“What a Fool Believes” was also very different from the last (and only other) Number One song that the Doobies ever had, the folksy, gospel-flavored “Black Water” in 1975, prior to McDonald’s joining the fold. That song, and other Doobie compositions pre-McDonald, had more of a raucous rock feel. McDonald entered the picture in 1975, when recommended by Doobie bassist Jeff “Skunk” Baxter, with whom McDonald had played in Steely Dan’s band. His first recorded effort with the Doobies was the 1976 Takin’ It to the Streets, and immediately you could hear McDonald’s R&B inflections, both in song structures and vocals. They charted well with the title track, written by McDonald, followed by “It Keeps You Runnin’,” and his influence remained throughout the latter ’70s and early ’80s. To this day, McDonald remains modest and humble about his place in the Doobies.

“I think some of the strongest material the Doobies will ever play is the original stuff they did, which Tommy [Johnston] and Pat [Simmons] wrote,” he says. “I was only thrilled that along that period of time, Minute By Minute and Takin’ It to the Streets kind of seemed to fit in there somehow and find a place in the show. I never really thought anything I did with the band ever replaced what the band was originally.”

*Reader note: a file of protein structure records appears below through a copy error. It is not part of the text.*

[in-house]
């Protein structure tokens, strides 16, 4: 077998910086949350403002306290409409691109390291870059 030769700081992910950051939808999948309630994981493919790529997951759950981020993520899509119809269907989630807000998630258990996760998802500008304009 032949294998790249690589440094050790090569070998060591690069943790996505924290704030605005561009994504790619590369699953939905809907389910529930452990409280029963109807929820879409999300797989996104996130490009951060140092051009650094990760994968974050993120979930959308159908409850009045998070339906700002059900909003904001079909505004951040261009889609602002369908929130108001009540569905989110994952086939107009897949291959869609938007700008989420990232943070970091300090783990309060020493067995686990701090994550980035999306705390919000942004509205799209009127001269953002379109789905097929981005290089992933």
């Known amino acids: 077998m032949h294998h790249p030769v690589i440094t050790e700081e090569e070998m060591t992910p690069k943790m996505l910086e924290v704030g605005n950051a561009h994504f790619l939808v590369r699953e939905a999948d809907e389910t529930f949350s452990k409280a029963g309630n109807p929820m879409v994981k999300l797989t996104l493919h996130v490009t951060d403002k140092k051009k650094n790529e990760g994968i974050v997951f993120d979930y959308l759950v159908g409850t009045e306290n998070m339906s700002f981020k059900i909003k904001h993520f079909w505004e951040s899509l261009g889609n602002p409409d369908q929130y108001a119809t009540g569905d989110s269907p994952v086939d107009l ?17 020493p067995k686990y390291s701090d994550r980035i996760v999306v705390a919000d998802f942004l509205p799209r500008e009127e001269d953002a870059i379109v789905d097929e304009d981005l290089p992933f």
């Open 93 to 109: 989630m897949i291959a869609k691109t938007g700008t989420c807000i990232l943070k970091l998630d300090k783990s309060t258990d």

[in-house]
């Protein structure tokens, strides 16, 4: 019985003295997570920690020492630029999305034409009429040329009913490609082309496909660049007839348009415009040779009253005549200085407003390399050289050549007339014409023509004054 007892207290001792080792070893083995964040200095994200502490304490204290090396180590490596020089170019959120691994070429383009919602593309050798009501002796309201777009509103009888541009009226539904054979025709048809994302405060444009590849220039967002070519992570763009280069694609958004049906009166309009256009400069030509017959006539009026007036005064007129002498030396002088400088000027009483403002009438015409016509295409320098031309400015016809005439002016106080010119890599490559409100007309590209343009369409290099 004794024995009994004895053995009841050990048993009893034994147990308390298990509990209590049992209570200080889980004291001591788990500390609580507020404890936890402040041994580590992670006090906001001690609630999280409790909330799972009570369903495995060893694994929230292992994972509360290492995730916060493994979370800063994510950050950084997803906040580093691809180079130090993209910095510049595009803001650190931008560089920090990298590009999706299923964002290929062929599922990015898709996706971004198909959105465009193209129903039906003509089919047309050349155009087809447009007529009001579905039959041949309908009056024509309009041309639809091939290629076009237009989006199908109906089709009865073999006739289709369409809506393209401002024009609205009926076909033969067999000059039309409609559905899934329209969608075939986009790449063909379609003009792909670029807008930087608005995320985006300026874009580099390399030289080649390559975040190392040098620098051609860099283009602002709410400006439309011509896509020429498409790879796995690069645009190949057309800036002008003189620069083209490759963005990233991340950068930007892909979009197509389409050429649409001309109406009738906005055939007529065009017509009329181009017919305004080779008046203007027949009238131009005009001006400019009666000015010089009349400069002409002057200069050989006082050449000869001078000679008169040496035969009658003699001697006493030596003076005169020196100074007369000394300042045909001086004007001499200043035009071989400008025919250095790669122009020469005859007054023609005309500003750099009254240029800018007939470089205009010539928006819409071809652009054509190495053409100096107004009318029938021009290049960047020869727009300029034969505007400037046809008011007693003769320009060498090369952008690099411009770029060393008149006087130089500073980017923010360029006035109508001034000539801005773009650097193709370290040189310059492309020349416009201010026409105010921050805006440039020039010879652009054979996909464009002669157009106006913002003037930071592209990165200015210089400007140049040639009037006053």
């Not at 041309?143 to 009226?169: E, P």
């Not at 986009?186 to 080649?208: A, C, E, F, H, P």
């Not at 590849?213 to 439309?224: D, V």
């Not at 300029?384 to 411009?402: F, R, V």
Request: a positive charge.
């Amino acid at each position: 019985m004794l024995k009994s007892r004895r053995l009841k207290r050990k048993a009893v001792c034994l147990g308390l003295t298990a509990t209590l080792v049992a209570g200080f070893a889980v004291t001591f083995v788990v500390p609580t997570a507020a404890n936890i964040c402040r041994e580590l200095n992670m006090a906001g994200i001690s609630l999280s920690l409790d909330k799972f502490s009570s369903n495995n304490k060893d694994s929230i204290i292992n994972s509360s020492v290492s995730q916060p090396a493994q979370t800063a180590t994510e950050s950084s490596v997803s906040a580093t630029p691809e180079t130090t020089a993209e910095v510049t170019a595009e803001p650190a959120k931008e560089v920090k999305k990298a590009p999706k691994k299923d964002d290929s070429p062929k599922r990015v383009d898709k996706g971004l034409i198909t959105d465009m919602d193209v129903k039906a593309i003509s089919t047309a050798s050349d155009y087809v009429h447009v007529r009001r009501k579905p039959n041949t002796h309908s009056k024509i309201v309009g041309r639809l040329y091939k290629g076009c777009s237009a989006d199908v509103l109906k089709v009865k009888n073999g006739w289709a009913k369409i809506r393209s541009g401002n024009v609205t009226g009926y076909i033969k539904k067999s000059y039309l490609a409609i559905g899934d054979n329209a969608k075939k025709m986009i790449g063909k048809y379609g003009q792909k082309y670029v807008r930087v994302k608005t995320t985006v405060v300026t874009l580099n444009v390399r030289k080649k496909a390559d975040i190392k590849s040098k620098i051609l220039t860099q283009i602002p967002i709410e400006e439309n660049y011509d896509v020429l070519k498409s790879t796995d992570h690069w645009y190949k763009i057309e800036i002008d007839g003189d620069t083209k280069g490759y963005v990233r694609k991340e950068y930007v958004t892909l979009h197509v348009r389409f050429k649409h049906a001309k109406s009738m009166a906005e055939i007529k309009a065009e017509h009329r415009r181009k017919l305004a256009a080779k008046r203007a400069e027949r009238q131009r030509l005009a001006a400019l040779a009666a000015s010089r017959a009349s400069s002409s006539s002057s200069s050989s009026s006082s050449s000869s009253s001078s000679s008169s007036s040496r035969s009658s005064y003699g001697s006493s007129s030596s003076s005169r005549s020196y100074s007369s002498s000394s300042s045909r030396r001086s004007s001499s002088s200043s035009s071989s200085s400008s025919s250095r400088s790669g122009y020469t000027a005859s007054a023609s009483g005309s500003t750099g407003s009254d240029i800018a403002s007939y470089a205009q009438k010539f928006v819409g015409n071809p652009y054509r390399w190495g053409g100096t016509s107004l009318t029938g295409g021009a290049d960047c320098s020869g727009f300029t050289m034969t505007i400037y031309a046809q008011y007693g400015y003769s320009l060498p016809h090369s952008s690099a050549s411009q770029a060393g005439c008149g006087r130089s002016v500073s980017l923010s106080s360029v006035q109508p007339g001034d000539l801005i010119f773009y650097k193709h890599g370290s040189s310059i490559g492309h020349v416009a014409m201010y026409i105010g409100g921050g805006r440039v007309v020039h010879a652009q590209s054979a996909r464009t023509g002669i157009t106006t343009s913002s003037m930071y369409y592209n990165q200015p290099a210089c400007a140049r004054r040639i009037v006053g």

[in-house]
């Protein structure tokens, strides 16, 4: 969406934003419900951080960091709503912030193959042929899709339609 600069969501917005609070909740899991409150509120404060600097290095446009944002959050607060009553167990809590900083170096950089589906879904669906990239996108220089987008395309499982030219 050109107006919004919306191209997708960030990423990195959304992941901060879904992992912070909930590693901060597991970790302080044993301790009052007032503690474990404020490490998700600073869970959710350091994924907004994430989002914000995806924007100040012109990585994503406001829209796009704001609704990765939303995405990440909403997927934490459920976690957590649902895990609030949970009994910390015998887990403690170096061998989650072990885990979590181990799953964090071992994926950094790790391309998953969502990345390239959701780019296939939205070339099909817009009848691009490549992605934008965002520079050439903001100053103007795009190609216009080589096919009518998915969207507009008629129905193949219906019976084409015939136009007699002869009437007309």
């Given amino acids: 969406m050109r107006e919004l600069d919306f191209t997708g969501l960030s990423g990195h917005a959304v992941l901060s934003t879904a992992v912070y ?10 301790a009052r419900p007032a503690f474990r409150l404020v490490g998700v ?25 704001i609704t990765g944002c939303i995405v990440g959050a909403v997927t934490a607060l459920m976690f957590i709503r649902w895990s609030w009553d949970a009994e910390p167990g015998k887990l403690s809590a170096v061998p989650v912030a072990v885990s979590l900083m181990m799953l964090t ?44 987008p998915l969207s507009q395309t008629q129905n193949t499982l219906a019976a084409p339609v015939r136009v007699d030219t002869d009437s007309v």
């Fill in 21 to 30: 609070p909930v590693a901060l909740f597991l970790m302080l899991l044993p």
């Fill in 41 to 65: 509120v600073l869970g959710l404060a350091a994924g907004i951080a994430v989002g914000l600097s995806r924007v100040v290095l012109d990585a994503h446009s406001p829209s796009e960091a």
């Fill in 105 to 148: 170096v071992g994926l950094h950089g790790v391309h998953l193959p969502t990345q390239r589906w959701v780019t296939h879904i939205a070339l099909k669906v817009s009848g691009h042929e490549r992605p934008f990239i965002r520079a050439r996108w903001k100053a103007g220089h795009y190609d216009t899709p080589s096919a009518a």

Nonetheless, it can’t be denied that “What a Fool Believes” and the attention the group received at the 1980 Grammys catapulted the band to another level. It became even more obvious, when even Gest changed his tune.

“I’ll tell you a funny story,” McDonald says. “Under my pile of junk on my piano was the envelope I had written the lyrics to that song on, with some drawings I had doodled while I was thinking about the verses. One day, David came over and he was standing by the piano. He said, ‘Hey, can I have this?’ I thought, ‘It’s just an envelope with some words on it.’ The next time I saw it, it was about two years ago when I was in the Hard Rock Café in Philadelphia. I was eating and looked up, and just above my head was a frame with a bronze plaque with the envelope with the lyrics.”